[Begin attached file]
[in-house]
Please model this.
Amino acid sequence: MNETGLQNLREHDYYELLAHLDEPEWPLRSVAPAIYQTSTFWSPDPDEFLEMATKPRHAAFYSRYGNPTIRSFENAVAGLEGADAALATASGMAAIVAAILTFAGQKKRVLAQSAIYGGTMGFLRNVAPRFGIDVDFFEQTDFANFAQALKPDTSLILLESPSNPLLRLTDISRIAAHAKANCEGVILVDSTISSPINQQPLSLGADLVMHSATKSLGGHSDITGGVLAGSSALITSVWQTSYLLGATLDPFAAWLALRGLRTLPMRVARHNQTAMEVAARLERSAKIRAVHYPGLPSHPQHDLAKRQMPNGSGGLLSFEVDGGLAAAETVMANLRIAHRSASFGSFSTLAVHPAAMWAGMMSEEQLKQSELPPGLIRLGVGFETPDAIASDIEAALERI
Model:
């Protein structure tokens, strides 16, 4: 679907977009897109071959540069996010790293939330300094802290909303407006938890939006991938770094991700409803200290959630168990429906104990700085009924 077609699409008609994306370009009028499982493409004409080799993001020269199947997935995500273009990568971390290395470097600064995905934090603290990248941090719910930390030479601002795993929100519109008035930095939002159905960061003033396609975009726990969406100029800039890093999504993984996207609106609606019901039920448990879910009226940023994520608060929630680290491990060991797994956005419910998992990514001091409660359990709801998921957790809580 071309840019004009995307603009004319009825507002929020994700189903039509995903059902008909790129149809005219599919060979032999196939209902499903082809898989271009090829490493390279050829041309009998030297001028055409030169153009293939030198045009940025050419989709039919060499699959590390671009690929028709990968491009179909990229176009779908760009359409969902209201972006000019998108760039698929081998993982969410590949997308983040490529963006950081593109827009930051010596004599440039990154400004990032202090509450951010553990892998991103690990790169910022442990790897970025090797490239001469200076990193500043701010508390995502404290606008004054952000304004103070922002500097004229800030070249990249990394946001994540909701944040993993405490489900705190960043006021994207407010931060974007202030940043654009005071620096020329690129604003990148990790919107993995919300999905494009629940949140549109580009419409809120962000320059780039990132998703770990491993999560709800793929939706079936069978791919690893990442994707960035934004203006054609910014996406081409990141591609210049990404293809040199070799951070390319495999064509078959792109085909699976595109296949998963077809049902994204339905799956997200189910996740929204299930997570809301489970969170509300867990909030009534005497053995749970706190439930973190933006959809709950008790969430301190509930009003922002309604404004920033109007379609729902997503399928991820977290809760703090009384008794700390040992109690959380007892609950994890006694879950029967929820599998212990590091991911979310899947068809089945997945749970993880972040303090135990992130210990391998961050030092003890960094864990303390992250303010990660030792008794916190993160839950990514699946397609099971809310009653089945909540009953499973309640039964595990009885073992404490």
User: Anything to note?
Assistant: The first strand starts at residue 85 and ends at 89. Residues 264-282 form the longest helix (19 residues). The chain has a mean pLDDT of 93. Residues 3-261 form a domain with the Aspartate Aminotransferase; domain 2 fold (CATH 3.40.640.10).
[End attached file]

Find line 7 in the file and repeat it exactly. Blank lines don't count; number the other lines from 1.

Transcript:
Assistant: The first strand starts at residue 85 and ends at 89. Residues 264-282 form the longest helix (19 residues). The chain has a mean pLDDT of 93. Residues 3-261 form a domain with the Aspartate Aminotransferase; domain 2 fold (CATH 3.40.640.10).